Today Genworth Financial ( announced it will be filing an 18% rate increase on its PCS I and PCS II long-term care (LTC) products. This is just the latest move in the long-term care market, which is drawing more and more viability concerns. Here are a few other whopper announcements:

– Last month, John Hancock ( announced it’s filing a 40% increase and withdrawing certain benefit options from the market.
– Last year, Allianz ( and Great American ( withdrew from the long-term care market all together.
– Penn Treaty ( went into state receivership last year.

And there isn’t too much mystery to these moves, since insurance companies have to remain focused on profitability. The US Department of Health and Human Services estimated the average cost per day for a private room in a nursing facility was $219 in 2009. That’s about $80,000 per year, arguably a stretch for many US citizens. That cost can only be covered in one of three ways: with insurance, by spending down assets to qualify for Medicaid, or paying out-of-pocket. So LTC is needed, for sure. Is it practical, though, for insurance companies?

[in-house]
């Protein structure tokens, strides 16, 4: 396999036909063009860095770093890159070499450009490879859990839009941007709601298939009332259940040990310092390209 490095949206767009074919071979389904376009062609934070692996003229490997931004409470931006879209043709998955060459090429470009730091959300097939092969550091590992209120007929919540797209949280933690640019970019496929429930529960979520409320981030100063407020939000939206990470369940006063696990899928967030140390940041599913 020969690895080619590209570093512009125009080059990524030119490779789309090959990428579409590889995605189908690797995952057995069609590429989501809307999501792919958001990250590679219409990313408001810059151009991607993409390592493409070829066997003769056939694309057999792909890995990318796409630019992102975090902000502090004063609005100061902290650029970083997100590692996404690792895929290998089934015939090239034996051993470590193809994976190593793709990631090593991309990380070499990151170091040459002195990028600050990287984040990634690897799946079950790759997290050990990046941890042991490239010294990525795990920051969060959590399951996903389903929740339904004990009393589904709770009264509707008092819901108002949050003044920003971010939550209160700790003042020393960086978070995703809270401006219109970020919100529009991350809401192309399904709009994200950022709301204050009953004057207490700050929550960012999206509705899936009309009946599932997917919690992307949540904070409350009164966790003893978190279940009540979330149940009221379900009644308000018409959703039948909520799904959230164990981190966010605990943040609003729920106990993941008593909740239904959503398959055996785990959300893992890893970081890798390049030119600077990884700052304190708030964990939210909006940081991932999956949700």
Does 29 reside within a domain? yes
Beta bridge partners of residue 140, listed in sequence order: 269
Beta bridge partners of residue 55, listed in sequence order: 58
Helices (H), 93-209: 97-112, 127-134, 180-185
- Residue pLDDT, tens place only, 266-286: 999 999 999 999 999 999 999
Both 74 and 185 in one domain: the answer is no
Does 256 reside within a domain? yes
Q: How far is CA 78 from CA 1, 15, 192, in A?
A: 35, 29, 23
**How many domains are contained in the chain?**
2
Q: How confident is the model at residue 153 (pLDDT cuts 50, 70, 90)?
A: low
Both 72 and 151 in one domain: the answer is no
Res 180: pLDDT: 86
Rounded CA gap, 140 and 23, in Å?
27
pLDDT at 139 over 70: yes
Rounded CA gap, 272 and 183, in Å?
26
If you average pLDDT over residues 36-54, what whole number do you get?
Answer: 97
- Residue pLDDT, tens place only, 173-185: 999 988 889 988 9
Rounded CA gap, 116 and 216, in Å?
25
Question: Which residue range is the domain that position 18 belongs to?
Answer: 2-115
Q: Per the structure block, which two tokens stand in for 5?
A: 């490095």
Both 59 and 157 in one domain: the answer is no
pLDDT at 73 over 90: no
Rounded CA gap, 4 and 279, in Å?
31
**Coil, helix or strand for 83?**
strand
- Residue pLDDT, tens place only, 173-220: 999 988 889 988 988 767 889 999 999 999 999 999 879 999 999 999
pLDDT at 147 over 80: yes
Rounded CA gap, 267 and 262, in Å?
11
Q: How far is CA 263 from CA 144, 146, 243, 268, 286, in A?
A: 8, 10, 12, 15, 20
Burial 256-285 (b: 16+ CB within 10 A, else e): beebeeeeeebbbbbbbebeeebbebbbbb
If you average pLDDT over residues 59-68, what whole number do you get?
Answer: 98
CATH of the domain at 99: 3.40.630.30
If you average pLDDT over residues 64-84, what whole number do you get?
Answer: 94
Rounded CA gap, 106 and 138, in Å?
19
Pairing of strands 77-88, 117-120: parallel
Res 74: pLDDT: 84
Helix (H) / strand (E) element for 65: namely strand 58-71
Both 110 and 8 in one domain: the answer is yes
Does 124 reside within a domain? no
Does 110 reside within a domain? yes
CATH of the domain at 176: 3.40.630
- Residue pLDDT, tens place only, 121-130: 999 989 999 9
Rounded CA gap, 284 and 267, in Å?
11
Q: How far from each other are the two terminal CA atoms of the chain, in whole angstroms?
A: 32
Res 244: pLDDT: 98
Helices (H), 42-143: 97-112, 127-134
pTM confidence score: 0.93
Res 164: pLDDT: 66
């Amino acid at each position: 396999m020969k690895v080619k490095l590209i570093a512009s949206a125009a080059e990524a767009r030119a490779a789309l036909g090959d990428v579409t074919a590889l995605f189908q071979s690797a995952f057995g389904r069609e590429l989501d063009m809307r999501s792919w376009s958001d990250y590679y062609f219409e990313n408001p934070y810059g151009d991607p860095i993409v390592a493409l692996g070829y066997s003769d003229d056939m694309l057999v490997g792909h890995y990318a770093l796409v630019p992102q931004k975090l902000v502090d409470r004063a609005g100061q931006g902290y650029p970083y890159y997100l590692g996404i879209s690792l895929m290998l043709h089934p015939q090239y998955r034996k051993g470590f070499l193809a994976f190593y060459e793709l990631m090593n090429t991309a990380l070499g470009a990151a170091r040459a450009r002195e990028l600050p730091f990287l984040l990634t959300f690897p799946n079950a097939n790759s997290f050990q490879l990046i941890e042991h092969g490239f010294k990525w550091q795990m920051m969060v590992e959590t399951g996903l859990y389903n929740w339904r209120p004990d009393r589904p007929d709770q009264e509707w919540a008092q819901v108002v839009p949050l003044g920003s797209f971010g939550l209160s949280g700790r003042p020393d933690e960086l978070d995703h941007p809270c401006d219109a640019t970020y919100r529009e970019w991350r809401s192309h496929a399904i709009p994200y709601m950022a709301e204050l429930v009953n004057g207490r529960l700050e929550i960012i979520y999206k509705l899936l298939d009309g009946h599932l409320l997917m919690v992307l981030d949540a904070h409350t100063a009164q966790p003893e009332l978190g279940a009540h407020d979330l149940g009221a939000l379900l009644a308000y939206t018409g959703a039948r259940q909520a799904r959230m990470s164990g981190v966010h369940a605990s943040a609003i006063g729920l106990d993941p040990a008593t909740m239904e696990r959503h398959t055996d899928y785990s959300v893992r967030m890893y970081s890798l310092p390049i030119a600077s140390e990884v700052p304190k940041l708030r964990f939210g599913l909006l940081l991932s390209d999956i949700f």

In my opinion, the answer is “no.” I don’t think long-term care is viable. There are too many unknowns to develop rate plans that make long-term financial sense for insurance companies.

When an insurance company develops and prices a new product, they try to predict healthcare delivery and costs 20 to 30 years down the road. Predicting near-term healthcare costs is next to impossible these days, let alone costs 30 years from now. And that’s just costs. A pricing actuary also needs to predict interest rate levels, claim adjudication costs, and consumer behaviors over a long period. Regulatory and legal environments are non-supportive, as well; the capital requirements are high, rate increases are difficult to get approved, rate increase benefits are limited, and litigation risks are high.

In 2001, a LTC survey performed by the Brokers World Magazine found there were 57 companies in the LTC insurance market. Today, it’s around 17. That’s a 70% decline. More companies are leaving than are entering.

The need is unquestionable. The viability is unimaginable.